“You know me and endurance sports, and ‘The Double’ sounds awesome,” Johnson, a four-time Coke 600 winner, told AP. “I’ve always had this respect for the guys who have done ‘The Double.’ I would say it is more of a respect thing than a bucket-list item, and I’d love to put some energy into that idea and see if I can pull it off.”

It is less likely that he would return to IMSA’s endurance events because its top prototype series is being overhauled, limiting the amount of inventory available for the new LMDh cars in the rebranded GTP division.

Johnson has confirmed that he would retain primary sponsor Carvana, which has backed him in IndyCar the past two years. He revealed his decision Monday during the last episode of “Reinventing the Wheel,” Carvana Racing’s eight-part docuseries about his 2023 season.

“I’m thankful for the partnership with a company like Carvana for allowing me to take this journey in IndyCar, for seeing the value in our partnership and being open to future opportunities together,” Johnson said. “They have truly showed me that there are no finish lines in life. Along with Carvana, The American Legion, Ally, cbdMD and Frank August were there every step of the way, and I couldn’t have done it without all of them. Most importantly — and the true rockstars in all of this –my family, Chani, Evie and Lydia. They have always allowed me to chase my dreams, and we are all just really excited about what the future holds for all of us. I have enjoyed every minute of these last two years.”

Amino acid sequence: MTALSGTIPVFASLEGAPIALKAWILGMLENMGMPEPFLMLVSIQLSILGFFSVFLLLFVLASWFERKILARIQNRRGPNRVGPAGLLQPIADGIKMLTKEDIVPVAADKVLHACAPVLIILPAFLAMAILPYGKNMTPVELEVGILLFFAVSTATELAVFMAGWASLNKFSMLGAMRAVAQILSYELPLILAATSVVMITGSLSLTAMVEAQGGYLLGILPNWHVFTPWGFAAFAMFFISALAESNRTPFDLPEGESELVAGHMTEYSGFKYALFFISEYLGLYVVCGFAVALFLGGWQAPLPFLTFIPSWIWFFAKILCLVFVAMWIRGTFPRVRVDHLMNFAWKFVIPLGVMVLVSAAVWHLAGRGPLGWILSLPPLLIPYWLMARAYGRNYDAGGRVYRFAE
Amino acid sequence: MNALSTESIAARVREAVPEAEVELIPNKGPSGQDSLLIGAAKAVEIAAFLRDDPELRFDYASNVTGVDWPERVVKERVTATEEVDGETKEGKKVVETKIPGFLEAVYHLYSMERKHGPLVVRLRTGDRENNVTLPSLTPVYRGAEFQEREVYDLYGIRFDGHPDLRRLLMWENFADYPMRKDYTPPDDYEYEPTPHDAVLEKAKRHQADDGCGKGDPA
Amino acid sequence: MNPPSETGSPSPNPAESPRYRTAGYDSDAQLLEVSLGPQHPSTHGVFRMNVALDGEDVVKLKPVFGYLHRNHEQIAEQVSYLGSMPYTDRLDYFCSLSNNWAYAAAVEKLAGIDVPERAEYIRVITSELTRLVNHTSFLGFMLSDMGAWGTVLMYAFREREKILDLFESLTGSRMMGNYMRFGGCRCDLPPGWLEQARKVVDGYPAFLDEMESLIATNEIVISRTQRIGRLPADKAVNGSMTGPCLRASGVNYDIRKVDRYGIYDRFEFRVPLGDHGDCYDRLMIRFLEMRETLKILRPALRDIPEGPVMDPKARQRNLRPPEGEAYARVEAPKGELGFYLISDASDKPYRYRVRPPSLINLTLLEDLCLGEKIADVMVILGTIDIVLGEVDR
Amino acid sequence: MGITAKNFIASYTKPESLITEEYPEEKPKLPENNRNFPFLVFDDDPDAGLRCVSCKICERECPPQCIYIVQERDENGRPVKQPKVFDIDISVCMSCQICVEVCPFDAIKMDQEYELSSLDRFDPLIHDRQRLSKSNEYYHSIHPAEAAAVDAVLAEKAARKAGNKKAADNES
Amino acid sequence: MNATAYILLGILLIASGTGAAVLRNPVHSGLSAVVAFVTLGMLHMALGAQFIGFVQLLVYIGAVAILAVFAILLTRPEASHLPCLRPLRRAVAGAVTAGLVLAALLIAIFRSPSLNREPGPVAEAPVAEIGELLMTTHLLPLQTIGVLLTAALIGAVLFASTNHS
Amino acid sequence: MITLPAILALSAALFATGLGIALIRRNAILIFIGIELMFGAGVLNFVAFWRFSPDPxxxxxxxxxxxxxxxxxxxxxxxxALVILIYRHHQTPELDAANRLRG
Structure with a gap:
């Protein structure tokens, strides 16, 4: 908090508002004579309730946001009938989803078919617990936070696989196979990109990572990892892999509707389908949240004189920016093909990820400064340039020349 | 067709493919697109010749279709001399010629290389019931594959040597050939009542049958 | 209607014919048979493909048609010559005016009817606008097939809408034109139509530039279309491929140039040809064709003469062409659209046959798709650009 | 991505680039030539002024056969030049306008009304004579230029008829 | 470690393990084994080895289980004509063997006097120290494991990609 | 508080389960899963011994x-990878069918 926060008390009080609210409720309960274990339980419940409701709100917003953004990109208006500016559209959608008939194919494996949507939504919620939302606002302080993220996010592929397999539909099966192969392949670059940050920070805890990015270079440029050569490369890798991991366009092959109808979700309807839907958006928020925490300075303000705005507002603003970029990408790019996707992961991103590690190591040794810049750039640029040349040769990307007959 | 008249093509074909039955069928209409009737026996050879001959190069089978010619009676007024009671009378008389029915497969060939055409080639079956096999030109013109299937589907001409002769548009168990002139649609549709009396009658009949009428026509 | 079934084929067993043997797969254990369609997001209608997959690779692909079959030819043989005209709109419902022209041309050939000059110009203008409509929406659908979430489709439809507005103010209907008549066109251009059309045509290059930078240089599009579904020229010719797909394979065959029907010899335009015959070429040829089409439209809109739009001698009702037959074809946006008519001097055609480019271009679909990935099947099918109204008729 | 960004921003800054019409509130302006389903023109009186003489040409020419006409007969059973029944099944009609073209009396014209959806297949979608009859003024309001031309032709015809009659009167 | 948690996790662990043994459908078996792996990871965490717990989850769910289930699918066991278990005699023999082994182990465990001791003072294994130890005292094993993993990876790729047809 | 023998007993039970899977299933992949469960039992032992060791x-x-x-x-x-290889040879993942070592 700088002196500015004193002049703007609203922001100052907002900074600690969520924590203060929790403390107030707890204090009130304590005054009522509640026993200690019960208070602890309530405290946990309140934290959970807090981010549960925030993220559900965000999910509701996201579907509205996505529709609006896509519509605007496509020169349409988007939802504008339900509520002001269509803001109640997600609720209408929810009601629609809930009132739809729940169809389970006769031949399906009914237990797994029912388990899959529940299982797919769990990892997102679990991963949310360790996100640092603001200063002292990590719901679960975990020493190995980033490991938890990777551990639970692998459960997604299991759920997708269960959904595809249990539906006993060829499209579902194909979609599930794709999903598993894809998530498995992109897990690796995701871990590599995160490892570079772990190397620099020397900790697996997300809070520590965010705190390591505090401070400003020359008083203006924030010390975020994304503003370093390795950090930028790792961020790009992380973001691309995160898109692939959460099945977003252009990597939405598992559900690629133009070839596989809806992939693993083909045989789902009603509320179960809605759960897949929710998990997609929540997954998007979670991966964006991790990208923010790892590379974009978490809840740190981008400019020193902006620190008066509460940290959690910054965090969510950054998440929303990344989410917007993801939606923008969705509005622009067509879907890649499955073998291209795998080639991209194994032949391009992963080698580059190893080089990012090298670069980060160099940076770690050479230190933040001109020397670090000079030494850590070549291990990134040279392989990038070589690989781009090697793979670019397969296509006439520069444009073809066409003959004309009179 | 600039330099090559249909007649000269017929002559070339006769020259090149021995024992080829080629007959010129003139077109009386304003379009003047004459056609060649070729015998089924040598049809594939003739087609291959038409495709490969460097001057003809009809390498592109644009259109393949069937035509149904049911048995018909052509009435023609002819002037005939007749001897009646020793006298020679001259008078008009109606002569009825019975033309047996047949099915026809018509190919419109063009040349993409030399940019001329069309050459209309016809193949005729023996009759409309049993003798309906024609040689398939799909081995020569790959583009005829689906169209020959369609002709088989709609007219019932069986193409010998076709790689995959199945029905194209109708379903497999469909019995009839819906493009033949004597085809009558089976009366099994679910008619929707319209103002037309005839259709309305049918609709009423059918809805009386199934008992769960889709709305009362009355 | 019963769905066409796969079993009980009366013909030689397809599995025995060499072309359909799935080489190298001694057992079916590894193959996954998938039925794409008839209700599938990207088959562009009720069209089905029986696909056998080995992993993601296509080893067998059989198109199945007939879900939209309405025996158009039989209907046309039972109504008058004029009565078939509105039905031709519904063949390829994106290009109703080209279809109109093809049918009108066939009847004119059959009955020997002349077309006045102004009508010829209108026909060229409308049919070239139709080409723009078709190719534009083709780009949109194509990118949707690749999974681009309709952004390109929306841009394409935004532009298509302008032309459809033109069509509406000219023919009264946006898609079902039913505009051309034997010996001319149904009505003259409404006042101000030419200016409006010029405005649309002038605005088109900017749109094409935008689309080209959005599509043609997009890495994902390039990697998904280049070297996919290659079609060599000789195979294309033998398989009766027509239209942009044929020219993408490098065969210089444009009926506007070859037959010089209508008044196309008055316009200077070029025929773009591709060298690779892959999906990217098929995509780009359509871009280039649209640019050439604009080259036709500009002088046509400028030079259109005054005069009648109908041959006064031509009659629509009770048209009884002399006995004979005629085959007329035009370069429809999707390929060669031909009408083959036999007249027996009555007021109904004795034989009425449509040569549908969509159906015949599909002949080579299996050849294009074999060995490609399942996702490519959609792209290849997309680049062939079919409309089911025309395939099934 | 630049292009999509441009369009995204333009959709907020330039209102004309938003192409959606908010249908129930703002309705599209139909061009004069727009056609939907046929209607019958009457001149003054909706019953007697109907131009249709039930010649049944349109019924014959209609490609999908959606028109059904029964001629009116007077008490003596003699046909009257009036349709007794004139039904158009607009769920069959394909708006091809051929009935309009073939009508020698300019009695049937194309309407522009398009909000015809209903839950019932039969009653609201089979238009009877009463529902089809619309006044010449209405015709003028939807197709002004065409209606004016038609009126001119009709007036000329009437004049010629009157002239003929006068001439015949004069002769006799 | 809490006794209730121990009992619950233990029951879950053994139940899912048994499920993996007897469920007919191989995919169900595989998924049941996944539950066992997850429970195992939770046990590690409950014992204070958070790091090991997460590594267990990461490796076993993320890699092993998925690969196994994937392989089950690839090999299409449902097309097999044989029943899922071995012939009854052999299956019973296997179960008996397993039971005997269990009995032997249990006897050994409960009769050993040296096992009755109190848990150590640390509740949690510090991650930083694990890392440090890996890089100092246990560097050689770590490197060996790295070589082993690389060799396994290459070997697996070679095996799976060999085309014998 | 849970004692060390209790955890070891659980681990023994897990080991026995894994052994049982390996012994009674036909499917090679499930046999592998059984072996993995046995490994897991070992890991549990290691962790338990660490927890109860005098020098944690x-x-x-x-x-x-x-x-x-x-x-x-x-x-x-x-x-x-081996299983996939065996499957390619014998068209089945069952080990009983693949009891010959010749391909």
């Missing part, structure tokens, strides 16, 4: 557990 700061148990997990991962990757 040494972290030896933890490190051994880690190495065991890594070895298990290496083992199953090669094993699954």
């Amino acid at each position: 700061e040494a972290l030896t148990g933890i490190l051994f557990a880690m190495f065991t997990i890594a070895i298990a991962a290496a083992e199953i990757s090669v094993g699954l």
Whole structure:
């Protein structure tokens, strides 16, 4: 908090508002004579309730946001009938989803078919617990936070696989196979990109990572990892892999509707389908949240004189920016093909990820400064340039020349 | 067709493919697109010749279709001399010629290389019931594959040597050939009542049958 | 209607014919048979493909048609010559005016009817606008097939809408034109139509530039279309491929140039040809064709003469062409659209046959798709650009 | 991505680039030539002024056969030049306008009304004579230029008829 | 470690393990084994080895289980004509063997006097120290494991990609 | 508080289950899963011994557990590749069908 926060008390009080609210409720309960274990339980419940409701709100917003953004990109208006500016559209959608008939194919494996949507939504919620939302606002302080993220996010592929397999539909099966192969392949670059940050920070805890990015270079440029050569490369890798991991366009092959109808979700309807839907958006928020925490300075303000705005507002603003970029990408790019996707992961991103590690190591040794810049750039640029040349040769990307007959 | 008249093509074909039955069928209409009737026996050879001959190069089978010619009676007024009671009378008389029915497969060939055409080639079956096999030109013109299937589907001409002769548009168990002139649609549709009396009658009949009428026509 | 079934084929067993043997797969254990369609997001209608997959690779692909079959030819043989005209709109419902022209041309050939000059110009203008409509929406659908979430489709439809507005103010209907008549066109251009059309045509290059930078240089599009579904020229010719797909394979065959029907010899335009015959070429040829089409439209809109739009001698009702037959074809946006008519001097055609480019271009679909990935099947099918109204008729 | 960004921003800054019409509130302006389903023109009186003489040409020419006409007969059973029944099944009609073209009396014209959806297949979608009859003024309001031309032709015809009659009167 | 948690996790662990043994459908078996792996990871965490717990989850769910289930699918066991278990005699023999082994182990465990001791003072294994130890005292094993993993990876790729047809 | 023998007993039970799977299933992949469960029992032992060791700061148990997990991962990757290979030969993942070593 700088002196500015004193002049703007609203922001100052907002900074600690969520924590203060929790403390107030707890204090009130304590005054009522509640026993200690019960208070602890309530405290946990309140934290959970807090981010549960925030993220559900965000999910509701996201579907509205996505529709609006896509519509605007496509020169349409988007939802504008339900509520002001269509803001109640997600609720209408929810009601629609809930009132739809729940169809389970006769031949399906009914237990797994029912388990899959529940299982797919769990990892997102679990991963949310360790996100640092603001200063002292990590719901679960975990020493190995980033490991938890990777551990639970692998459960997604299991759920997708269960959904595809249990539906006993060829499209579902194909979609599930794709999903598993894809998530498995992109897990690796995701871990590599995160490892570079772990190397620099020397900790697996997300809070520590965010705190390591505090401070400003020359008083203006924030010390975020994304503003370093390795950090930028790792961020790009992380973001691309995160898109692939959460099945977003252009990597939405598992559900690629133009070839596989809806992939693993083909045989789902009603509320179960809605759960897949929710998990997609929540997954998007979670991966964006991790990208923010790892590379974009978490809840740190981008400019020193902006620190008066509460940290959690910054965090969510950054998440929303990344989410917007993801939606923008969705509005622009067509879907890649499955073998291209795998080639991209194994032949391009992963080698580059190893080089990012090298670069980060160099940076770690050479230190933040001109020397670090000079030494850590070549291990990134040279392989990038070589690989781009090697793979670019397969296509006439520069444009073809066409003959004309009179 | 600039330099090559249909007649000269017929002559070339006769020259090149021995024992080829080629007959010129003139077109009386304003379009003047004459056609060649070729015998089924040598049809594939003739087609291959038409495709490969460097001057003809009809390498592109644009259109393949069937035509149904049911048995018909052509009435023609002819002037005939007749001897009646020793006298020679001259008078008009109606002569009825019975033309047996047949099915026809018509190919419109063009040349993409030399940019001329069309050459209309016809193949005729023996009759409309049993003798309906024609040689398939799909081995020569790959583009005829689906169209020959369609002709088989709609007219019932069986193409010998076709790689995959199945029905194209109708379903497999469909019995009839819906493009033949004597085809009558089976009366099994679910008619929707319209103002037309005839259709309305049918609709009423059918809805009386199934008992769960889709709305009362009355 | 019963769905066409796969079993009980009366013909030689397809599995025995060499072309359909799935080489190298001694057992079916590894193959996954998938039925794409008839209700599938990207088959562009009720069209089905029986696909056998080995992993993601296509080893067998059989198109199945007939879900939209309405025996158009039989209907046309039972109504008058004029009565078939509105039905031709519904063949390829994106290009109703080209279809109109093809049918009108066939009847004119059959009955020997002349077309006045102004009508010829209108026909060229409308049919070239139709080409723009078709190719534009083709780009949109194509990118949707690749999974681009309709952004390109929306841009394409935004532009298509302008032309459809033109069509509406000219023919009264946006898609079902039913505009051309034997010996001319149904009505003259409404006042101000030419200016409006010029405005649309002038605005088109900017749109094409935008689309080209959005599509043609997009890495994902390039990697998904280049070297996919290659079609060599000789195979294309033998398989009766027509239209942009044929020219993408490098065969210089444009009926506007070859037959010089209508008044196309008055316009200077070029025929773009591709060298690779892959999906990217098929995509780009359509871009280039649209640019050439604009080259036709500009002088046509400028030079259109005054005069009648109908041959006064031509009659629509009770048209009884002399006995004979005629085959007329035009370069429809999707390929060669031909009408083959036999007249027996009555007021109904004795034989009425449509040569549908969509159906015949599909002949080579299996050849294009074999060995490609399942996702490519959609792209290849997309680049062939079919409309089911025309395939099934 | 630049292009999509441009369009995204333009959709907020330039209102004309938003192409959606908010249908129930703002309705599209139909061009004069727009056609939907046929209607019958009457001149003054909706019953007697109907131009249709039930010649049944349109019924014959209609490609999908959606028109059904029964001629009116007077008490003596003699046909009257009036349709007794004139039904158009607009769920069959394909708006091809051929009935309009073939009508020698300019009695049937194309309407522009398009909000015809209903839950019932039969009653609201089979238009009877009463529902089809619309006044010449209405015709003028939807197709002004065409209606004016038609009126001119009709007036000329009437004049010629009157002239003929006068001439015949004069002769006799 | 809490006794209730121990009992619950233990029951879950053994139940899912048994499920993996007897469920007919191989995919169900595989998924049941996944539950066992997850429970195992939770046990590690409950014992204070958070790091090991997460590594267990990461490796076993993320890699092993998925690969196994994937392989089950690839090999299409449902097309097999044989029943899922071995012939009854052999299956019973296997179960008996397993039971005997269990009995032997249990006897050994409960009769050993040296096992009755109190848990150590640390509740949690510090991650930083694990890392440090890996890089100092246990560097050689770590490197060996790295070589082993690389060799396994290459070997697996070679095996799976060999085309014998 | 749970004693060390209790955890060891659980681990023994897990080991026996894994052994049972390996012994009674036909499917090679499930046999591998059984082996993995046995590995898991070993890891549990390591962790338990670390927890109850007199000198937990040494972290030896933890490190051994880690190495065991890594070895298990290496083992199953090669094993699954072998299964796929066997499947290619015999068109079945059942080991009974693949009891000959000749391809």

Said Carvana co-founder Ryan Keeton: “During the past two years, Jimmie Johnson has been so amazing to collaborate with. Our team admires his passion, hard work and commitment to continuous improvement while also having fun, and we look forward to continuing to support him next year in this new chapter.”